Kalatope Moths – Zygaenidae, Drepanidae & Lasiocampidae

Credits first: Thankful to Dr. Roger Kendrick and Peter Smetacek for leading me to these identifications and helping me to learn about moths, as also to the members of the facebook groups… who through their constant appreciation and ‘likes’ made it a special exercise to present the variety of moths found at Kalatope Wildlife Sanctuary…

Please DO report any errors found on these pages through the comment box…

Check-list of Kalatope Moths – Families ‘Zygaenidae, Drepanidae & Lasiocampidae’

FAMILY

SUB-FAMILY

TRIBE

SPECIES

Zygaenidae

Chalcosiinae

Chalcosiini

Campylotes histrionicus – Westwood, 1839

Zygaenidae

Chalcosiinae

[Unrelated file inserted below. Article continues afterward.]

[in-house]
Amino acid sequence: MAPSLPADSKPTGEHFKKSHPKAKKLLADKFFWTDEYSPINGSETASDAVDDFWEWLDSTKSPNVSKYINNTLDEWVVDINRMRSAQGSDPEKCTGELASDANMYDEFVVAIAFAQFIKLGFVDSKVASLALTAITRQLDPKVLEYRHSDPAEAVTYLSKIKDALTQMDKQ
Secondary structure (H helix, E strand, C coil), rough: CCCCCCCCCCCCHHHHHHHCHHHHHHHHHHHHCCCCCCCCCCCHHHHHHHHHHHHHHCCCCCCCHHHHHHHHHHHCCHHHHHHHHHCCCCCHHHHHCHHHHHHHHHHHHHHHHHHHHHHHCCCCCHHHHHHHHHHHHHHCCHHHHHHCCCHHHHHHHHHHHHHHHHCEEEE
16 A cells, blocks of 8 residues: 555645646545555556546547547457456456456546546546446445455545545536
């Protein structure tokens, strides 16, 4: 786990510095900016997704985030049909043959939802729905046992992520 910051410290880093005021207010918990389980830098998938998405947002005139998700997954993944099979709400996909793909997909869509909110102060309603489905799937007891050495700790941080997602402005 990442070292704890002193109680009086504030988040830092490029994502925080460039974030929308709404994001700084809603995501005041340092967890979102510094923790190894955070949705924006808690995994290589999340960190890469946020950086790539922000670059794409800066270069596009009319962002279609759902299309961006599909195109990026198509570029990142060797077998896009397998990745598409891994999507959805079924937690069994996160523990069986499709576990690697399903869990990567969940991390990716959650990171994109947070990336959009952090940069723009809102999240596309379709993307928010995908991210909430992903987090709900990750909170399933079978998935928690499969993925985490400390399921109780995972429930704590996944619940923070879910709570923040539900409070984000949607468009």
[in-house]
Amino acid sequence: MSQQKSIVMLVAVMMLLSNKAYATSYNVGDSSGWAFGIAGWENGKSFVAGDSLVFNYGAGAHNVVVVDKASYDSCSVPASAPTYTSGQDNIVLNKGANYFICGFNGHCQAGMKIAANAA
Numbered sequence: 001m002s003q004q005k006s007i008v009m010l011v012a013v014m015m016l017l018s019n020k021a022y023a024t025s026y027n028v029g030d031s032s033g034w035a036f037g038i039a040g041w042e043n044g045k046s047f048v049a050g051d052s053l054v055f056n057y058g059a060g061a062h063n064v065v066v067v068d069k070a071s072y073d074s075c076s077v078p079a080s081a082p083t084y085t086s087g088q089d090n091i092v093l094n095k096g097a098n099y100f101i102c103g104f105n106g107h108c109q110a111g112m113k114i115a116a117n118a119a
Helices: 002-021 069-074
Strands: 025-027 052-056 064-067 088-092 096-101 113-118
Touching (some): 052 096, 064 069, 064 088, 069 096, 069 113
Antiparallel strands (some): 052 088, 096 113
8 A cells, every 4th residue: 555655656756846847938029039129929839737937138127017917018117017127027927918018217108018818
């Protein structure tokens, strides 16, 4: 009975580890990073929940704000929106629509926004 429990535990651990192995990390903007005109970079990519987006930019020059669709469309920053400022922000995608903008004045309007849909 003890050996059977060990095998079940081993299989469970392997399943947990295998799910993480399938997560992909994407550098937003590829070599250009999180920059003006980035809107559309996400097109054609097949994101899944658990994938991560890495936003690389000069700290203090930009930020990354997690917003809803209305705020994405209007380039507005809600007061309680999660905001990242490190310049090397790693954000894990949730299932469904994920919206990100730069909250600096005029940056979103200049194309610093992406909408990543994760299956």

Chalcosiini

Chalcosia pectinicornis – Linnaeus, 1758

Zygaenidae

Chalcosiinae

Chalcosiini

Soritia puchella – Kollar, 1844

Zygaenidae

Chalcosiinae

Chalcosiini

Soritia puchella complex – Kollar, 1844

Zygaenidae

Procridinae

Artonini

Artona (=BALATAEA) zebraica – Butler, 1876

Zygaenidae

Procridinae

Artonini

Artona quadrimaculata – Moore, 1879

Drepanidae

Drepaninae

Drepanini

Agnidra discispilaria – Moore, 1868

Drepanidae

Drepaninae

Drepanini

Drepana pallida, Moore, 1879

Drepanidae

Drepaninae

Drepanini

Macrauzata fenestraria, Moore, 1868

Drepanidae

Drepaninae

Drepanini

Macrocilix mysticata – Walker, 1863

Drepanidae

Drepaninae

Oretini

Oreta sp. Walker, 1855 (c.f. O.vatama)

Drepanidae

Thyatirinae

Thyatirini

Thyatira batis, Linnaeus, 1758

Drepanidae

Thyatirinae

 

Habrosyne sp. Hübner, 1821 (c.f. H.indica)

Drepanidae

Drepaninae

 

Auzata sp. Walker, 1863 (c.f. A.semipavonaria)

Drepanidae

Drepaninae

 

Callidrepana patrana – Moore, 1866

 

Lasiocampidae

Lasiocampinae

Pinarini